Language development: Form and function in emerging grammars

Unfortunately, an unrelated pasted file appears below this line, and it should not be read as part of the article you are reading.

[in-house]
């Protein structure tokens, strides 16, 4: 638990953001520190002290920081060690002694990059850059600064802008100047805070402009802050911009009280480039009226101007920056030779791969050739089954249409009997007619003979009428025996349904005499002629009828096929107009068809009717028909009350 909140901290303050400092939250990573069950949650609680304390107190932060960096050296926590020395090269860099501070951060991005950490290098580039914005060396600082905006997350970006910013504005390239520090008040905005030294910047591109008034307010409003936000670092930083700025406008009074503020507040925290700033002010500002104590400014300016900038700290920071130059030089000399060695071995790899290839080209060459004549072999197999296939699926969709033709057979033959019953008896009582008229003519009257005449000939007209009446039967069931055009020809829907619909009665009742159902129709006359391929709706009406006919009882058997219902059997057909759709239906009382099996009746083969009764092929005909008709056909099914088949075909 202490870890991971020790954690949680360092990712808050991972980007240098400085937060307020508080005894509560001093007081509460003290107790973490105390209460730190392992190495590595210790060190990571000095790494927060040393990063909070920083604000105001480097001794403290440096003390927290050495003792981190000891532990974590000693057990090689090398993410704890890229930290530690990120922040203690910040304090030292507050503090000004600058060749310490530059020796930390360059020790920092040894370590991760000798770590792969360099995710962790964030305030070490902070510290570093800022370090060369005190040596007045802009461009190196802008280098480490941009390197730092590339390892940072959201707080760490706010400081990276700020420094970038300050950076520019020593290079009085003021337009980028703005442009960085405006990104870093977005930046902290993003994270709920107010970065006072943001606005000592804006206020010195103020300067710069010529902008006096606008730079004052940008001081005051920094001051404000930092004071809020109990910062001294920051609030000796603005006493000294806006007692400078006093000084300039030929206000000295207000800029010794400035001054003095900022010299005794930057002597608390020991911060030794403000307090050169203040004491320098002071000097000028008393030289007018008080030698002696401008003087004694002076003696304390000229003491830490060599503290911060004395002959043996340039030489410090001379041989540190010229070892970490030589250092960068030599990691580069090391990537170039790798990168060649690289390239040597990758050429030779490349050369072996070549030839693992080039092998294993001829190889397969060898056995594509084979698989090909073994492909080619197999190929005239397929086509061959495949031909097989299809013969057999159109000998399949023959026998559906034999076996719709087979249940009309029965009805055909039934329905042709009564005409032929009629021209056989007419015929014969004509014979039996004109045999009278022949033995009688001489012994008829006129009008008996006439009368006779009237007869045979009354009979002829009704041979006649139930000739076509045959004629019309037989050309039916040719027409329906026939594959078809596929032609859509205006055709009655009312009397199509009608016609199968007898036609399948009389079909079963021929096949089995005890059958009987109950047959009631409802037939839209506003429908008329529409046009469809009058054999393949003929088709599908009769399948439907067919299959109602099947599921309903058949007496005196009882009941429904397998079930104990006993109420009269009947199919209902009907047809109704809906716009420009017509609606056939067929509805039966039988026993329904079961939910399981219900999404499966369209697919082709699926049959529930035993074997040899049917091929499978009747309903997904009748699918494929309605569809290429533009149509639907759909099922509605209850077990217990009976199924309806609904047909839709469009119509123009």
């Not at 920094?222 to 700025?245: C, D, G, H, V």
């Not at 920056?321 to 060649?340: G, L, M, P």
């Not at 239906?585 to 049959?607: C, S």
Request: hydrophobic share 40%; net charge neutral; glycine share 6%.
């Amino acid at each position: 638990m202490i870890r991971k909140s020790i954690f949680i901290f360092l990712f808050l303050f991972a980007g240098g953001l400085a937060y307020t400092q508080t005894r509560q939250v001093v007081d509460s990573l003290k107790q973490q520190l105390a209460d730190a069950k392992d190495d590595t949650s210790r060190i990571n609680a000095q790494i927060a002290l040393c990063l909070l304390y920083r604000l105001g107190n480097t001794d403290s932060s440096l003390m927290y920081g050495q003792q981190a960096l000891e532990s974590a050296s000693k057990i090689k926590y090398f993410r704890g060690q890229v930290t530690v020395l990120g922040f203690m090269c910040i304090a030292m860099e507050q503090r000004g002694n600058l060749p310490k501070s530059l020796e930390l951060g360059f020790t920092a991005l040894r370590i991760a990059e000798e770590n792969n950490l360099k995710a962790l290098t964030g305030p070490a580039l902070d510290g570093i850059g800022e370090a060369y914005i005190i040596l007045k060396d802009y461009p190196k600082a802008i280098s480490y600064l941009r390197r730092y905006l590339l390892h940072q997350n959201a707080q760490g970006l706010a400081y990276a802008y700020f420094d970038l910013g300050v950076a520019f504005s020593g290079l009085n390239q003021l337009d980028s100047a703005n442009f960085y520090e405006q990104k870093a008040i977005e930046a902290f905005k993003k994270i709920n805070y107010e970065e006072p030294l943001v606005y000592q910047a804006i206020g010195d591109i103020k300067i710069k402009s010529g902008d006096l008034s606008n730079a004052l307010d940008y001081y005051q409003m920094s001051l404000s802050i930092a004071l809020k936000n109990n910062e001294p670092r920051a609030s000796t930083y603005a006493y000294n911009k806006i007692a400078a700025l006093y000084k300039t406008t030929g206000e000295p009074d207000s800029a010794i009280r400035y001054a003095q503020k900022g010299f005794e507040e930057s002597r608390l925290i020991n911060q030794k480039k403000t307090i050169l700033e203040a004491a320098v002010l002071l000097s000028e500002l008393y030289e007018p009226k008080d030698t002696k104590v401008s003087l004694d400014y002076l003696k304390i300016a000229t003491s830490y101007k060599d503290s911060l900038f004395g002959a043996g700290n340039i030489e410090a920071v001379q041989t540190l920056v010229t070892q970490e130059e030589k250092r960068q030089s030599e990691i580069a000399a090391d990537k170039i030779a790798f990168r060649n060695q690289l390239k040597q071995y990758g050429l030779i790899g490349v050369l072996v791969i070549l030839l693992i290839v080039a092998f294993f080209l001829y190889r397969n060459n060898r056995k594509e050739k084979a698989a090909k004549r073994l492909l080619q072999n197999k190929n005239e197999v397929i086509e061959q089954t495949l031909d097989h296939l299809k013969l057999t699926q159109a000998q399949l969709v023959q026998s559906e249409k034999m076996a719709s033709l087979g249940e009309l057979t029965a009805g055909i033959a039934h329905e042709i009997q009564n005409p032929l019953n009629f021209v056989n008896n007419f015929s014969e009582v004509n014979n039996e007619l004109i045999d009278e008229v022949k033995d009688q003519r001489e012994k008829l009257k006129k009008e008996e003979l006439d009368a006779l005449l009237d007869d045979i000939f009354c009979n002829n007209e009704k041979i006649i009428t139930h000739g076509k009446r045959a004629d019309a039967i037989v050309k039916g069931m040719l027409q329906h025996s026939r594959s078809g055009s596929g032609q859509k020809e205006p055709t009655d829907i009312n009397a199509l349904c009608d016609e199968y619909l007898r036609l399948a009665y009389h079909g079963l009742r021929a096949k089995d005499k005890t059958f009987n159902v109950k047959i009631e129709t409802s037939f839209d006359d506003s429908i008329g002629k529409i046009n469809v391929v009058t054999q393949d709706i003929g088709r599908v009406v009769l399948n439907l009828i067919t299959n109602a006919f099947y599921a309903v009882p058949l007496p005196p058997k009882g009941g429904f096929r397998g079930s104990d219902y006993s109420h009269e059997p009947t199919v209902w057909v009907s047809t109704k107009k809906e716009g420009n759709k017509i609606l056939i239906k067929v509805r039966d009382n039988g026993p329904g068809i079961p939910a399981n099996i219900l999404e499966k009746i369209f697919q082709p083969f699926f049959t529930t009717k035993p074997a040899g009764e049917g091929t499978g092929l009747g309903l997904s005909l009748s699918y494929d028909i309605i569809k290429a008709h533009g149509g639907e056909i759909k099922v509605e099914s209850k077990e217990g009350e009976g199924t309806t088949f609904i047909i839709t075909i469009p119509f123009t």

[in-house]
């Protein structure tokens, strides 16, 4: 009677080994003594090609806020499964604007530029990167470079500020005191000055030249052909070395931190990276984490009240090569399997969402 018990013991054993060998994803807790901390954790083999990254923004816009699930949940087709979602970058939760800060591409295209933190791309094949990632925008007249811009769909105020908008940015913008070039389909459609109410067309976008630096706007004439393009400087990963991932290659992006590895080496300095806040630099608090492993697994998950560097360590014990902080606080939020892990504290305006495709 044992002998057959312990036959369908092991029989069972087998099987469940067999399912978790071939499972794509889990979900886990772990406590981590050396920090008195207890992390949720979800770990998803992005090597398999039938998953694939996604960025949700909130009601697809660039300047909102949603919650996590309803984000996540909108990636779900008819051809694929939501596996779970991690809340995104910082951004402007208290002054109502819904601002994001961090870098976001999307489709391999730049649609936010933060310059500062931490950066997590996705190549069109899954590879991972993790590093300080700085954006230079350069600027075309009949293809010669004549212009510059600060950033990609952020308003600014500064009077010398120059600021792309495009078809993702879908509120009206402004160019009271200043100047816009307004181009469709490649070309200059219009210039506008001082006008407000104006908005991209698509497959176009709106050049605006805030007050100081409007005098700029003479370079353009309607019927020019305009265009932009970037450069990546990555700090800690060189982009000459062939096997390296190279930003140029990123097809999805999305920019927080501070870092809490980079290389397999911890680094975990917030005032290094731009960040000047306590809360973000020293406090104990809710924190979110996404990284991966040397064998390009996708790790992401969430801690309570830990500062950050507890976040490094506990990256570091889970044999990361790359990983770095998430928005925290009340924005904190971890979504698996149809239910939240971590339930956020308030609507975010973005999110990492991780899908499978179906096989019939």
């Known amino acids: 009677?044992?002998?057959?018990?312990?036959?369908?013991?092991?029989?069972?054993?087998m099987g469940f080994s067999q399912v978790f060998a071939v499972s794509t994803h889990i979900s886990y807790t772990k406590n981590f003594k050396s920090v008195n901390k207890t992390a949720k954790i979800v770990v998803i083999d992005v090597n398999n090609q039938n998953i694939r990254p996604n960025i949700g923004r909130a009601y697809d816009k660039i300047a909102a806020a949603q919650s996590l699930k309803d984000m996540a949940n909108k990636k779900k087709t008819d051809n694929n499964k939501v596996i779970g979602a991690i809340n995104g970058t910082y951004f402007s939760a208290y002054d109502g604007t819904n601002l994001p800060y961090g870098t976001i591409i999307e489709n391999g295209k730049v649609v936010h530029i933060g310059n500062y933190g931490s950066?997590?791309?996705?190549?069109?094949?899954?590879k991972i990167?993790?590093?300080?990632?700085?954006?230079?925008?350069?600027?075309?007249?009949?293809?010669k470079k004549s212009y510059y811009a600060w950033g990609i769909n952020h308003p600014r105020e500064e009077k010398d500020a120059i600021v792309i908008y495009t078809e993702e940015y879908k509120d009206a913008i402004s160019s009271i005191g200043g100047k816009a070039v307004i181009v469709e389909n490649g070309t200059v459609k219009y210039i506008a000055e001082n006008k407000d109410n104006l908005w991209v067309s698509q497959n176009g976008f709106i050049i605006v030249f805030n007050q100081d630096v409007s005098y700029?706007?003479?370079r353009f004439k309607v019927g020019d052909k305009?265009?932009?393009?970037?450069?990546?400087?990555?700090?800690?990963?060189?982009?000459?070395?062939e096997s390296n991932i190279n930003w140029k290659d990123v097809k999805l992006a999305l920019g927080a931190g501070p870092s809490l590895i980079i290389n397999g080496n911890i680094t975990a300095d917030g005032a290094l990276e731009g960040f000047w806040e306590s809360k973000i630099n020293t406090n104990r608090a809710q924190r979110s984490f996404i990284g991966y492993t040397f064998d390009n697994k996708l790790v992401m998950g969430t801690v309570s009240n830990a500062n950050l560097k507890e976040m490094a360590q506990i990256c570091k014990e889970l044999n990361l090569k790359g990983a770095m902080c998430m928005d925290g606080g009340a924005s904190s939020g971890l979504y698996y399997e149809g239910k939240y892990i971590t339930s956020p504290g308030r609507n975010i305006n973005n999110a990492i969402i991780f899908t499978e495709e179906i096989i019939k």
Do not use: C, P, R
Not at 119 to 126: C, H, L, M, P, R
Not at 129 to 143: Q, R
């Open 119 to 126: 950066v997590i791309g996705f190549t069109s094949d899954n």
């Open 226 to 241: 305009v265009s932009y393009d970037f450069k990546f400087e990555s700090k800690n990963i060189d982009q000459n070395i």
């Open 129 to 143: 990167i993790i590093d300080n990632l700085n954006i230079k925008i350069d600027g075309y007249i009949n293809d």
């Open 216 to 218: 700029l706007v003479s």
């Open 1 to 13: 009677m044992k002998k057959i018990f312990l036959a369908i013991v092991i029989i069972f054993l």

The research reported is an investigation into the early acquisition of grammar by three children from the age of approximately 19 months. Previous psycholinguistic studies of child language in this period had revealed the orderly arrangements of words, but described only the form of early sentences and not their linguistic function or meaning. In this study, in contrast, nonlinguistic information from situational and behavioral context was used to infer the semantic intent of the children’s utterances for analyzing the development of early grammar. Judgments of semantic intent made it possible to describe the inherent structure of early word combinations so that conclusions could be drawn about the children's knowledge of semantic-syntactic relationship in the derivation of sentences. The development of the semantics and syntax of negation was described further until mean length of utterance approached 3.0 morphemes and the children were about 28 months old. Attending to what the children said in relation to what they were talking about−the situation and behavior that cooccurred with what they said−led to the conclusion that language acquisition is critically related to developments in cognition, perception, and a child’s interaction in a world of objects, events, and relations. Other conclusions concerned constraints that appeared to operate on the developing length and complexity of utterances, and the different strategies the children used in their approaches to learning the language. A large body of data is presented in support of these conclusions with an extensive catalog of the children's earliest two-word utterances, negative sentences, and syntactic and single-word lexicons.
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